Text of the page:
Though it felt a little disorganized, the book was a fun first-hand look into another time, and I'd certainly recommend it to people interested in the period.
I got a copy of this book through the Goodreads Giveaway program....more
Fey tells stories about her life, outlook, and career, but she goes about it in a scattered way that feels more like a collection of comedy bits thanFey tells stories about her life, outlook, and career, but she goes about it in a scattered way that feels more like a collection of comedy bits than a cohesive book.
Some sections are laugh-out-loud funny, I just didn't care for the "obligatory celebrity memoir" tone. I may know more facts about her life now, but I don't have any better handle on her as a person than before I read it....more
John Singleton Copley was a Boston man who began his art career before the Revolutionary War. He was a highly successful portraitist, but his ambitionJohn Singleton Copley was a Boston man who began his art career before the Revolutionary War. He was a highly successful portraitist, but his ambition to become a great painter led him to Europe and he eventually settled in London.
The structure was sometimes too melodramatic, and it wasn't necessary to remind me for the fiftieth time that Copley tried his hardest to avoid politics. This book was at its best when it placed Copley in the middle of the tensions leading up to the Declaration of Independence, and its description of the financial and artistic decline of his final years was genuinely sad.
I was excited to see that there was an entire chapter named for my favorite painting, Watson and the Shark, so it was a bit of a let down to find that the chapter had only a couple of pages on that subject. While I'd have preferred to read more about Watson, my disappointment was somewhat tempered by the author's use of the word "highfalutin."...more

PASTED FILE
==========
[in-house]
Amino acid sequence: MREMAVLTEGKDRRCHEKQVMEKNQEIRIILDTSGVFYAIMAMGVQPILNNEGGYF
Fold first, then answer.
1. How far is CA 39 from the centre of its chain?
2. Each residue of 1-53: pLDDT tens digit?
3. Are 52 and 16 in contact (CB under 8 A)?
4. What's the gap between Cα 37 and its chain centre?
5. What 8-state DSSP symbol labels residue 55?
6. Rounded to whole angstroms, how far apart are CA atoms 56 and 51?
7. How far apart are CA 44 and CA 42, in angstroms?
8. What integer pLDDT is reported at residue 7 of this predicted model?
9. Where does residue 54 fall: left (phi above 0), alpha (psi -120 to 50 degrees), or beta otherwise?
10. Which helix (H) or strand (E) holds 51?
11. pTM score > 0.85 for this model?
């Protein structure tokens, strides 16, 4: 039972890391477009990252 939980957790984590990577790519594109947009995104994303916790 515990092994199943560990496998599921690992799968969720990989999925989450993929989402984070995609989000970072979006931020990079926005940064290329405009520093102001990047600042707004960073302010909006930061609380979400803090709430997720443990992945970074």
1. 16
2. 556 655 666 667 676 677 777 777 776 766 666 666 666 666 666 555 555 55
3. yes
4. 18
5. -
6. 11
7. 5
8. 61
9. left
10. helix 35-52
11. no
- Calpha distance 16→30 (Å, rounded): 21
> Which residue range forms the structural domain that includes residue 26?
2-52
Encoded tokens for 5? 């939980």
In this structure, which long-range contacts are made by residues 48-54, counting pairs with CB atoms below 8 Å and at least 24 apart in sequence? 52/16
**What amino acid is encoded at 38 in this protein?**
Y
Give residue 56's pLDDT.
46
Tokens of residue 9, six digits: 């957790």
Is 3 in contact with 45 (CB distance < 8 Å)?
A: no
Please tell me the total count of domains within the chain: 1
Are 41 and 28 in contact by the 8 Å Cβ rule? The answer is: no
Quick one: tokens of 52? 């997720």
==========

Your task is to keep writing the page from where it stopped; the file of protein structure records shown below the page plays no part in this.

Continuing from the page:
I don't have much interest in the theater world, but I loved 84, Charing Cross Road so I jumped on this one when I spotted it in a local used shop. HaI don't have much interest in the theater world, but I loved 84, Charing Cross Road so I jumped on this one when I spotted it in a local used shop. Hanff's breezy style seems to make just about anything funny, whether it's meeting producers, wrangling agents, or just telling stories about daily life.
This is a quick read, and very worth the time....more
This is the firsthand account of an educated young man who, in 1836, signed up as a sailor on a merchant ship. He traveled around Cape Horn to the CalThis is the firsthand account of an educated young man who, in 1836, signed up as a sailor on a merchant ship. He traveled around Cape Horn to the California coast, worked to cure and collect hides, and then made the return trip to Boston.
The nautical details might seem dense to those of us who aren't sailing experts, but I still preferred the sections about shipboard life to the ones on California. Some of the California details were interesting enough, especially Dana's time living with a group of native Hawaiians. But it didn't take long for the drudgery of the hide trade to feel repetitive.
The book is full of great descriptions. This most stands out when the sailors are rounding Cape Horn at the end, dodging icebergs, constantly cold and wet, and struggling to work in their ship's ice-encrusted rigging. The biggest weakness in Dana's writing is the way he presents other people. He introduces them, tells us nearly everything he knows about their situation and history, and then barely mentions them again unless they play a key role in something else he does.
Dana himself comes across as a complicated figure. He made sharp observations and didn't hold back from criticism, especially if he thought his target was unfair or foolish. His sympathies can sound uneven to a modern reader, though.
He often seems judgmental. Dana clearly had a strong work ethic and tried to get along with people, but as an educated man from a well-off background, he also seemed to hold himself apart from most of his fellow sailors. At one point he expressed surprise that, while reading to a group of sailors, they were interested in subjects that he thought would be beyond them.
Dana had a lot of impressive qualities, but his story is not exactly that of a typical sailor. It's interesting as a tale of a man expanding his horizons, but a conflict towards the end was an important reminder that Dana could go home and rejoin his upper class life.
He went on to become an abolitionist and an advocate for the legal rights of sailors. My edition included an essay that he wrote about revisiting California twenty-four years later, but it spent too much time on who he met and how he was received....more